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How Mediation Works in Florida Divorce

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Divorce is a challenging and emotionally charged process for any couple. In Florida, as in many other states, the dissolution of marriage involves various legal procedures and decisions that can often lead to bitter disputes. However, there is an alternative path that aims to make this transition smoother, less acrimonious, and more efficient: mediation.

Understanding Mediation in Florida

Mediation is a process where divorcing couples work with a neutral third party, known as a mediator, to resolve their disputes and reach agreements on various issues related to the divorce. In Florida, mediation is not mandatory, but it is strongly encouraged by the court system. Parties are often required to attempt mediation before proceeding to a court trial, which can save both time and money.

Facilitating Open Communication

One of the primary advantages of mediation is that it promotes open and constructive communication between the divorcing parties. Unlike courtroom battles, where each side presents its case aggressively, mediation encourages couples to sit down and discuss their issues calmly and respectfully. This environment can be particularly beneficial when children are involved, as it sets a positive example of conflict resolution for the family.

Negotiation and Compromise

Mediation also emphasizes negotiation and compromise. The mediator helps guide the conversation and encourages both parties to consider each other's perspectives and needs. This often leads to more flexible and creative solutions that might not be available in a court decision. In Florida, this can be especially important when addressing matters like child custody, alimony, and the division of marital assets.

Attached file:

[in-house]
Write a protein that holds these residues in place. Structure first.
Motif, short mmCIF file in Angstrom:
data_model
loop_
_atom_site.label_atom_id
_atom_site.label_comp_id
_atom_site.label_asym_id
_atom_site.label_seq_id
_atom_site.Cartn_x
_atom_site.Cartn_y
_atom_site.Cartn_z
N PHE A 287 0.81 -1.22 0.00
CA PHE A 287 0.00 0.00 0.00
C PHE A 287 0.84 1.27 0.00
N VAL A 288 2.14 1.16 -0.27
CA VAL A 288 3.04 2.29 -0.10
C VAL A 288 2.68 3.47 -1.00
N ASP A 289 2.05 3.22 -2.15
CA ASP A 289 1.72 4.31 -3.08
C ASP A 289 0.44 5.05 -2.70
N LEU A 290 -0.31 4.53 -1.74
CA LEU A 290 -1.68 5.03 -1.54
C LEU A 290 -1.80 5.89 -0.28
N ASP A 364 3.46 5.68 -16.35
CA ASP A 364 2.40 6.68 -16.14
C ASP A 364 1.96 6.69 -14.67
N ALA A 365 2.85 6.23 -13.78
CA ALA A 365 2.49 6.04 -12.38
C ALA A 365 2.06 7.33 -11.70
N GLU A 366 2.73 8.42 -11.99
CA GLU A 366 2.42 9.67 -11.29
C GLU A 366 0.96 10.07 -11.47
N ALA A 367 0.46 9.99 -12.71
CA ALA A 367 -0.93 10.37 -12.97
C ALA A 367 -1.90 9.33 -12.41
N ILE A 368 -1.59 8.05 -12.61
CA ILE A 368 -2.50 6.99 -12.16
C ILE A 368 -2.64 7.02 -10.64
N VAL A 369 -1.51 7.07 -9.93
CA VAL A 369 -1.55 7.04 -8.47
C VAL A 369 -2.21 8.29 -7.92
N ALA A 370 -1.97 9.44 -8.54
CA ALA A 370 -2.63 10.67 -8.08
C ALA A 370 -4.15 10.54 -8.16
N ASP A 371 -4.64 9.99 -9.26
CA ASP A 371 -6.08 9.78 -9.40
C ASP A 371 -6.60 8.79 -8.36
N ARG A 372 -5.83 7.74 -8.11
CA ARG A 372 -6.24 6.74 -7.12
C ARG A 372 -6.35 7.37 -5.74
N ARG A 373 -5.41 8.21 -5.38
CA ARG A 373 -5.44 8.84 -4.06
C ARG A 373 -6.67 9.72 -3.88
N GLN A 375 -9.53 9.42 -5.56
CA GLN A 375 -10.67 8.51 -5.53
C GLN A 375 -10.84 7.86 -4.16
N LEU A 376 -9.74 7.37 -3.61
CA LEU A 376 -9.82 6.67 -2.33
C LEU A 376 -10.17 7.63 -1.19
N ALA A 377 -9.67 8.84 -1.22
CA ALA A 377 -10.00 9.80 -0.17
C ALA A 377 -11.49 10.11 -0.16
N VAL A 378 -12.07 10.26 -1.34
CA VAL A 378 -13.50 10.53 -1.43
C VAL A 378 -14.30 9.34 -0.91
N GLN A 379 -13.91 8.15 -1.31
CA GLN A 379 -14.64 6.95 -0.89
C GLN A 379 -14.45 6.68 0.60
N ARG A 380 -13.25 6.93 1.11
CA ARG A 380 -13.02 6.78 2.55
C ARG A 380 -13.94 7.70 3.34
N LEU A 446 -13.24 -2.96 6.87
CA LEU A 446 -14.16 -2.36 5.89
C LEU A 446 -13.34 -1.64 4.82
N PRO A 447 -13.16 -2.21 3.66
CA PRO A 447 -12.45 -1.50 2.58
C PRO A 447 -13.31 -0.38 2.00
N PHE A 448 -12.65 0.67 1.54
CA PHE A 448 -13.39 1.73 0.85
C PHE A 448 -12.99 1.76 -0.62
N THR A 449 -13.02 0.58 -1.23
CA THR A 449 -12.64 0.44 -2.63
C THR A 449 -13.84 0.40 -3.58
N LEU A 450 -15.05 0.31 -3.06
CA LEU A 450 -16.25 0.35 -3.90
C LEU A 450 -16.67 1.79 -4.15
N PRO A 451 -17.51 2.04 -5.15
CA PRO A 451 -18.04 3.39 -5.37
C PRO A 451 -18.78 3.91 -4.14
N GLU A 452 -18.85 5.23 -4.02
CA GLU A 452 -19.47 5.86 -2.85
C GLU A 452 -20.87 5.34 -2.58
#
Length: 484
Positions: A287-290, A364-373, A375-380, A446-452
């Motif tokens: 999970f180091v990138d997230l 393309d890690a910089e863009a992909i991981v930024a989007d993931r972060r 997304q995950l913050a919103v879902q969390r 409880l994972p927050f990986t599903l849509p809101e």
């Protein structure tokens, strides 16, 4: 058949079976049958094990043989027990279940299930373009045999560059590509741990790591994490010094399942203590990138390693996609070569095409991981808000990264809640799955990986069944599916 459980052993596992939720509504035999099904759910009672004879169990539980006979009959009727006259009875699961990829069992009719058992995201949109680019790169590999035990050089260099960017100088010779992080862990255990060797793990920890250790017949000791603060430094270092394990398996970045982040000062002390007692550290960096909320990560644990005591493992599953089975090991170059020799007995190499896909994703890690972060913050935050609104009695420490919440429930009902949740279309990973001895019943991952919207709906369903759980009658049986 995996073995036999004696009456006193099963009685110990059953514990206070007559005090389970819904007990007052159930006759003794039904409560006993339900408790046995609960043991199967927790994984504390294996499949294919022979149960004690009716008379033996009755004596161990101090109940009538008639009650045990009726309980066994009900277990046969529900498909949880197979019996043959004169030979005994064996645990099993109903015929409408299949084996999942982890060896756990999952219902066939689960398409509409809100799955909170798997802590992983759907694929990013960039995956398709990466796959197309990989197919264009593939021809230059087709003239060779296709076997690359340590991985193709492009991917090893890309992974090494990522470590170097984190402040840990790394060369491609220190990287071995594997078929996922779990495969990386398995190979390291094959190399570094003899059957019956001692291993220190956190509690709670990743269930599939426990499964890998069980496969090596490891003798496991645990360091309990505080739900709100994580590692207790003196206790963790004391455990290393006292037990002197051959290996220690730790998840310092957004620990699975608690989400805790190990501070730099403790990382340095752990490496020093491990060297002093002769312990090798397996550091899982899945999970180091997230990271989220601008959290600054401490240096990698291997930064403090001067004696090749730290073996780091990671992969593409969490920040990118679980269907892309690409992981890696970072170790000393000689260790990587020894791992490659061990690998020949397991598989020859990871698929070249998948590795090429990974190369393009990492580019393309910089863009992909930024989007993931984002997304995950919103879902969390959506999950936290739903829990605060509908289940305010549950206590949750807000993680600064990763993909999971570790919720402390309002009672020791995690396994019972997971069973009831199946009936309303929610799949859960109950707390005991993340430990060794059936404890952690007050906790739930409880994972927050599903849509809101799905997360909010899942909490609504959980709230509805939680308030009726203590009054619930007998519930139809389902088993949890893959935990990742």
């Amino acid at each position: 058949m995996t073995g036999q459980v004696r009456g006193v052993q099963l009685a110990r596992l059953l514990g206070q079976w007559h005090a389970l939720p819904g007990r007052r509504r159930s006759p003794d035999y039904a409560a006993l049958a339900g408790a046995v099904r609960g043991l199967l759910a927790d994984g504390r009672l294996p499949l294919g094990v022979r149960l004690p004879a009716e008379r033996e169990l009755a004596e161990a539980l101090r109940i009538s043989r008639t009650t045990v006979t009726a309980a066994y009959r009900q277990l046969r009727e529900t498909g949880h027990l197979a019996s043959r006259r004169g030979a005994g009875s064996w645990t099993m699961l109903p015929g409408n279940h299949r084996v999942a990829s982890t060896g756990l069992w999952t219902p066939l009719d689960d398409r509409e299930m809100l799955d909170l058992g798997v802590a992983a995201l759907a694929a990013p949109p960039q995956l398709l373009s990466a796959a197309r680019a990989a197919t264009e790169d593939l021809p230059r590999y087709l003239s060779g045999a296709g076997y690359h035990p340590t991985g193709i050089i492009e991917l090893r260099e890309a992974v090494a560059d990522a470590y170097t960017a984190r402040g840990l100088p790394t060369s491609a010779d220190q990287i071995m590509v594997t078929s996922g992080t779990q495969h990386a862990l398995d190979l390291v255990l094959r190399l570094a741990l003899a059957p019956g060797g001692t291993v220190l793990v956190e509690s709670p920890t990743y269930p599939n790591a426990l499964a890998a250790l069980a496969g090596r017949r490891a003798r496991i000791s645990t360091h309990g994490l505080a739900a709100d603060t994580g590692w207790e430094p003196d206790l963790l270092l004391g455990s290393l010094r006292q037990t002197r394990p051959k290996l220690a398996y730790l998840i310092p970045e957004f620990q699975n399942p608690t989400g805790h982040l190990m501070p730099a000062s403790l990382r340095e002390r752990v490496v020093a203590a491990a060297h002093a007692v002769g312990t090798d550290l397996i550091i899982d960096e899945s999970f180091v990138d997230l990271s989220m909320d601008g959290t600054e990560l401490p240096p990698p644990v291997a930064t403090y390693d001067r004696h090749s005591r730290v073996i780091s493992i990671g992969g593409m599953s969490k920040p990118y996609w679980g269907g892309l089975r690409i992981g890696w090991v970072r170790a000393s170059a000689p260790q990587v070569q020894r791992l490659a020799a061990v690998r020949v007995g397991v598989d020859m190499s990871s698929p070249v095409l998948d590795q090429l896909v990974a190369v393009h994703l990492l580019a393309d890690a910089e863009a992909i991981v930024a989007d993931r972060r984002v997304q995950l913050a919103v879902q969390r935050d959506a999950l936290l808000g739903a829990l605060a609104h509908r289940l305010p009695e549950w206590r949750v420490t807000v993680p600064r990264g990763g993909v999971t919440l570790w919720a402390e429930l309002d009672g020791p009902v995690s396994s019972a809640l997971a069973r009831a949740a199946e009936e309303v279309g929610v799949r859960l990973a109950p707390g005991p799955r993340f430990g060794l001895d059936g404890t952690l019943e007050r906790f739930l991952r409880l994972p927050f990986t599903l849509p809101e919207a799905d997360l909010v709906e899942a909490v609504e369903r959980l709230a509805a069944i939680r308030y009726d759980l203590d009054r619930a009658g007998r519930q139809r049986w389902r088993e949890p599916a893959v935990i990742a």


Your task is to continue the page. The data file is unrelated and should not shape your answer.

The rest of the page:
Legal Requirements in Florida

While mediation is encouraged, it's essential to understand the legal requirements for divorce mediation in Florida. The process typically involves:

Voluntary Participation

Both parties must voluntarily agree to participate in mediation. It cannot be forced upon them.

Qualified Mediator

The mediator must be qualified and certified by the Florida Supreme Court. They should be neutral and not have any bias toward either party.


Mediation discussions are confidential. This means that what is said during mediation cannot be used as evidence in court, promoting an environment where parties can speak openly.

Good Faith Effort

Both parties are required to make a good faith effort to reach agreements during mediation. This ensures that everyone comes to the table with a genuine desire to resolve their issues.

Benefits of Mediation in Florida

Mediation offers several benefits in the context of Florida divorce proceedings:

Faster Resolution

Mediation can lead to quicker resolution compared to court trials, which can drag on for months or even years. This is particularly advantageous when parties want to move on with their lives.


Mediation is generally more cost-effective than going to court. Legal fees and court expenses can add up quickly, making mediation an attractive option for those looking to save money.

Better Control

Couples have more control over the outcome of their divorce through mediation. They can actively participate in crafting agreements that work for their unique situation, rather than relying on a judge's decision.

Improved Co-Parenting

Mediation can lead to better co-parenting relationships. When couples are actively involved in creating parenting plans, it often results in more cooperative and harmonious parenting arrangements.

In Florida, mediation plays a crucial role in divorce proceedings by fostering open communication, negotiation, and compromise. While it's not mandatory, it offers numerous benefits, including faster resolution, cost-effectiveness, and greater control over the outcome.

If you have questions about the mediation process in a divorce, contact Owenby Law, P.A. today at (904) 770-3141.